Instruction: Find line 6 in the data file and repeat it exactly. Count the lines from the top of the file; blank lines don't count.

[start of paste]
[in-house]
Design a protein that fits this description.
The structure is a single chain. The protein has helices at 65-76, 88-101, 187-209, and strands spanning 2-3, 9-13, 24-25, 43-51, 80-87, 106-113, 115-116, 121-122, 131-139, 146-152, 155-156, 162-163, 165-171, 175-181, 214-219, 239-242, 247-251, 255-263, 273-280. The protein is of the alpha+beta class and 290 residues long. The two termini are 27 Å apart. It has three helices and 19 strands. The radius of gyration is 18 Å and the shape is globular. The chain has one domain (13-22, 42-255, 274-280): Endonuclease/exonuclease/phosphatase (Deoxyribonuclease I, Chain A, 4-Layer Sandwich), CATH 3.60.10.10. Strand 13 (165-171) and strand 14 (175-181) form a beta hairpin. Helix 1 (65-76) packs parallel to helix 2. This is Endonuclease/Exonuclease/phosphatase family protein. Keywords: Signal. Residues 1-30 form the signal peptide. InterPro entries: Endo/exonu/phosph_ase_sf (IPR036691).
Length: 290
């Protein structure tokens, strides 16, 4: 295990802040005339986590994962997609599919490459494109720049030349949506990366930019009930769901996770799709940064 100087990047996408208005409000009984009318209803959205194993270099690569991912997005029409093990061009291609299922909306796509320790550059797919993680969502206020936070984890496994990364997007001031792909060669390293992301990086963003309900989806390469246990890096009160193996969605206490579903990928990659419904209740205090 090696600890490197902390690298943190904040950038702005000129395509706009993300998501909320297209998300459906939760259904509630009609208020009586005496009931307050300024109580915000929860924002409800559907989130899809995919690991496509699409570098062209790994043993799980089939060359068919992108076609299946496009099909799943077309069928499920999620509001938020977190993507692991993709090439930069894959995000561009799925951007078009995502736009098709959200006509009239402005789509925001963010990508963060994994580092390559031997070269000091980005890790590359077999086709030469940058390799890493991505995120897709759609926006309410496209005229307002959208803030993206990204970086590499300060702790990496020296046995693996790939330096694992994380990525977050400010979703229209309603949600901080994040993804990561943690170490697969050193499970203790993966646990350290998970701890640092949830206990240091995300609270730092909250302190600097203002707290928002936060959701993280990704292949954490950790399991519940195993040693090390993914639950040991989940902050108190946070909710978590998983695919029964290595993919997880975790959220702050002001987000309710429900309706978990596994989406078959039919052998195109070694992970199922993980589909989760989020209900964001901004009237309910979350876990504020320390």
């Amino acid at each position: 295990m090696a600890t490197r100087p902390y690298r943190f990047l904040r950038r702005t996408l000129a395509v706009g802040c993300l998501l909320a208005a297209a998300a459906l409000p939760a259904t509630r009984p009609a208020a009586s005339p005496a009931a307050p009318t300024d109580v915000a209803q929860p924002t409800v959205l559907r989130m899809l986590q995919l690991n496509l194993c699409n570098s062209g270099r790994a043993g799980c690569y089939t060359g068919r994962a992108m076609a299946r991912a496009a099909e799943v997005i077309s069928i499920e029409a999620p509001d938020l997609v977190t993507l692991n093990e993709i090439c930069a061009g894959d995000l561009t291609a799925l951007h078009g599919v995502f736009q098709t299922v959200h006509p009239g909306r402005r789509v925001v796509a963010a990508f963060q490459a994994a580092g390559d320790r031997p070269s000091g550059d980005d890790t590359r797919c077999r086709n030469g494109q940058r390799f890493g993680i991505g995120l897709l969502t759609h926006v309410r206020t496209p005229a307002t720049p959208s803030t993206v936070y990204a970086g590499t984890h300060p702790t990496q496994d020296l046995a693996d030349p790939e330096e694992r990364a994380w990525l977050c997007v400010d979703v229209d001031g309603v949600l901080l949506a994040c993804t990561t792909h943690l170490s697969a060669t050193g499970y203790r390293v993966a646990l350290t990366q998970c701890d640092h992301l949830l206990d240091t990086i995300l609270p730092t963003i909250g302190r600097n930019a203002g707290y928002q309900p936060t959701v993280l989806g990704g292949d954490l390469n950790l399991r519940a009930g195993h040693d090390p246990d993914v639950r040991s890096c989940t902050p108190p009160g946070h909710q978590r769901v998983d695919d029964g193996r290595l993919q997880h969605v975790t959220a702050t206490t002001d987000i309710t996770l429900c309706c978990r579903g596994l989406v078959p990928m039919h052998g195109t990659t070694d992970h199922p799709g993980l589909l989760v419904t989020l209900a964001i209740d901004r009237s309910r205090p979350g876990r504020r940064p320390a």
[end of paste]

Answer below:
């Amino acid at each position: 295990m090696a600890t490197r100087p902390y690298r943190f990047l904040r950038r702005t996408l000129a395509v706009g802040c993300l998501l909320a208005a297209a998300a459906l409000p939760a259904t509630r009984p009609a208020a009586s005339p005496a009931a307050p009318t300024d109580v915000a209803q929860p924002t409800v959205l559907r989130m899809l986590q995919l690991n496509l194993c699409n570098s062209g270099r790994a043993g799980c690569y089939t060359g068919r994962a992108m076609a299946r991912a496009a099909e799943v997005i077309s069928i499920e029409a999620p509001d938020l997609v977190t993507l692991n093990e993709i090439c930069a061009g894959d995000l561009t291609a799925l951007h078009g599919v995502f736009q098709t299922v959200h006509p009239g909306r402005r789509v925001v796509a963010a990508f963060q490459a994994a580092g390559d320790r031997p070269s000091g550059d980005d890790t590359r797919c077999r086709n030469g494109q940058r390799f890493g993680i991505g995120l897709l969502t759609h926006v309410r206020t496209p005229a307002t720049p959208s803030t993206v936070y990204a970086g590499t984890h300060p702790t990496q496994d020296l046995a693996d030349p790939e330096e694992r990364a994380w990525l977050c997007v400010d979703v229209d001031g309603v949600l901080l949506a994040c993804t990561t792909h943690l170490s697969a060669t050193g499970y203790r390293v993966a646990l350290t990366q998970c701890d640092h992301l949830l206990d240091t990086i995300l609270p730092t963003i909250g302190r600097n930019a203002g707290y928002q309900p936060t959701v993280l989806g990704g292949d954490l390469n950790l399991r519940a009930g195993h040693d090390p246990d993914v639950r040991s890096c989940t902050p108190p009160g946070h909710q978590r769901v998983d695919d029964g193996r290595l993919q997880h969605v975790t959220a702050t206490t002001d987000i309710t996770l429900c309706c978990r579903g596994l989406v078959p990928m039919h052998g195109t990659t070694d992970h199922p799709g993980l589909l989760v419904t989020l209900a964001i209740d901004r009237s309910r205090p979350g876990r504020r940064p320390a």